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How shooting 134 at Augusta National helped me see the game in a new light

April 11, 2017

AUGUSTA, Ga. — I shot 134 at Augusta National during the Monday media outing following the 81st Masters.

And I’m damn proud of it.

I counted every shot. I didn’t take any mulligans. I called myself out when my sweet (and incredibly helpful) caddie Bob tried to gift me a shot here and there. I shied away from gimmes. Call me silly, but I wanted the same test of glass-surfaced greens that Sergio Garcia aced just a day earlier.

I’m not a great golfer (obviously), but I’ve learned a lot about my game and have improved in many ways since starting this job a few years ago. But one thing I’ve never quite conquered was the competitiveness within myself to score well, to try to emulate the ridiculously talented players I cover week in and week out.

It sounds crazy, but it took me playing the holy grail of courses (I was one of 28 fortunate lottery winners), to figure out that to enjoy golf, as an amateur, you needn’t post a low number. That old Mark Twain saying about golf being a good walk spoiled? Hogwash.

On Monday, for the first time in at least a dozen rounds, I gave myself a break. Sure, I could have grinded over my final putt — the same putt that Justin Rose faced on 18 for the win — but letting go of trying to nail every shot and the expectation of carding a low round allowed me to loosen up. I snapped photos. I took in every pine, dogwood and what was left of the azalea blooms. I could hear the Sunday roars replaying in my mind walking through Amen Corner.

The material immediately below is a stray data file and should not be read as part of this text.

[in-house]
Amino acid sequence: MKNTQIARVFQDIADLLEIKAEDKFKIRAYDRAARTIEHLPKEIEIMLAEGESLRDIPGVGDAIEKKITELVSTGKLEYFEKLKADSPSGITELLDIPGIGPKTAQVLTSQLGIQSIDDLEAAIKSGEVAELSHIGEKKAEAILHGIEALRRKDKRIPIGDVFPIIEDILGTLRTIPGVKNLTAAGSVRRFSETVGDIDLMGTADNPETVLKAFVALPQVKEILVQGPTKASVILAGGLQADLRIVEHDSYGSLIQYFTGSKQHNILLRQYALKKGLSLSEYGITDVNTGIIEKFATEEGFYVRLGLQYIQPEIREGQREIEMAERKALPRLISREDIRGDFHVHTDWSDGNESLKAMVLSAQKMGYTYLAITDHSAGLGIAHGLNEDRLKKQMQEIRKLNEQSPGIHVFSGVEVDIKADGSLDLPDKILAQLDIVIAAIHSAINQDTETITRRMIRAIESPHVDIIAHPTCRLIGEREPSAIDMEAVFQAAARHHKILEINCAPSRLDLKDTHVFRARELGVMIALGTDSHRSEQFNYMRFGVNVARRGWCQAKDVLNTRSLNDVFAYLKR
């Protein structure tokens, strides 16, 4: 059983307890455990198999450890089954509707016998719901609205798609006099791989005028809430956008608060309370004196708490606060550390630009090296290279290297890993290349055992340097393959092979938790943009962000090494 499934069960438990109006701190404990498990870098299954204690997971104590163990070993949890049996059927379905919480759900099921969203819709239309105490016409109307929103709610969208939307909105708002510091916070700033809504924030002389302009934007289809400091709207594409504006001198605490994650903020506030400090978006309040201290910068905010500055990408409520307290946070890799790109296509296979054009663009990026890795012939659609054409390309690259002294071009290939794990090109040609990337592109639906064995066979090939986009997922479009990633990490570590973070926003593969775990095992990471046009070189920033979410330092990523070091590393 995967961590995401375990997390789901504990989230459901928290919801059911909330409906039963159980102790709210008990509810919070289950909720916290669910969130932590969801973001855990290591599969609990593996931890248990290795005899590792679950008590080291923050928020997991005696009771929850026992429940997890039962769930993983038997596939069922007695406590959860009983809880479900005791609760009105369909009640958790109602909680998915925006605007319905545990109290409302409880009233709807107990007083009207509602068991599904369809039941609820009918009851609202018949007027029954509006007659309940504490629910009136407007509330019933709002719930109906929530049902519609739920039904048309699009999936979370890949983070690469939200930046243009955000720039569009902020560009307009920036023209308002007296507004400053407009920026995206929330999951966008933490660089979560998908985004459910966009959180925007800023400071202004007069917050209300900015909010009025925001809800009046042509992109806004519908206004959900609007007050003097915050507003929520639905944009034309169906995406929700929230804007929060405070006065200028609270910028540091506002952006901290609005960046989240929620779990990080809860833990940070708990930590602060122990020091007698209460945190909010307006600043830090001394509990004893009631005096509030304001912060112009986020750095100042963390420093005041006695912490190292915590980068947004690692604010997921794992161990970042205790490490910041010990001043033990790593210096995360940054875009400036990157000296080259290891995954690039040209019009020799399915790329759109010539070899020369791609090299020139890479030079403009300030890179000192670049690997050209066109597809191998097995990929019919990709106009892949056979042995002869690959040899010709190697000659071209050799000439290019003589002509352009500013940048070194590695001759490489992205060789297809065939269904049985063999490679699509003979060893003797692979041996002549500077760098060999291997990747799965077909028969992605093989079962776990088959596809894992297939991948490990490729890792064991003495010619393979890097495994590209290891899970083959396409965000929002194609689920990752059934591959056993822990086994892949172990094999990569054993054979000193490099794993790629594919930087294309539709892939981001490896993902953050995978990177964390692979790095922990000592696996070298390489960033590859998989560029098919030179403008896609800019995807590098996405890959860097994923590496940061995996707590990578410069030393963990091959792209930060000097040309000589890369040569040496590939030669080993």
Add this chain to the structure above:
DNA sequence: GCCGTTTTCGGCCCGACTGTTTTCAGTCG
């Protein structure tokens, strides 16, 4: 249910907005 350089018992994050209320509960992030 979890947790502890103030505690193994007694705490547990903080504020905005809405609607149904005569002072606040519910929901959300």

And I actually played pretty well. Though my score didn’t reflect it, I hit my hybrids solidly, my irons (mostly) on target, and a few drives high and long. The greens, though, gave me hell.

My affable playing partners seemed equally relaxed, trying things they normally wouldn’t during a run-of-the-mill round, like skipping their balls over the water on 16 just as the pros had a few days before. We were patient with one another as we confronted tricky lies, rinsed balls, and deep bunkers. We were enjoying our rounds, in a way, I’m certain, none of us had before.

How did a place like Augusta National, which has been the scene of so much heartbreak for the world’s best players, have completely the opposite effect on us? Because we weren’t trying to be the world’s best players. I counted every one of those 134 strokes, not because I was trying to prove something, but because I wanted to see how I could fare on this iconic course, while truly appreciating the beauty and history of my surrounds. That mindset shift is something I’m going to try and bring with me to the course every time I play.

As for that putt on 18? I missed it, just as Rose had. No matter. I still felt like a champion.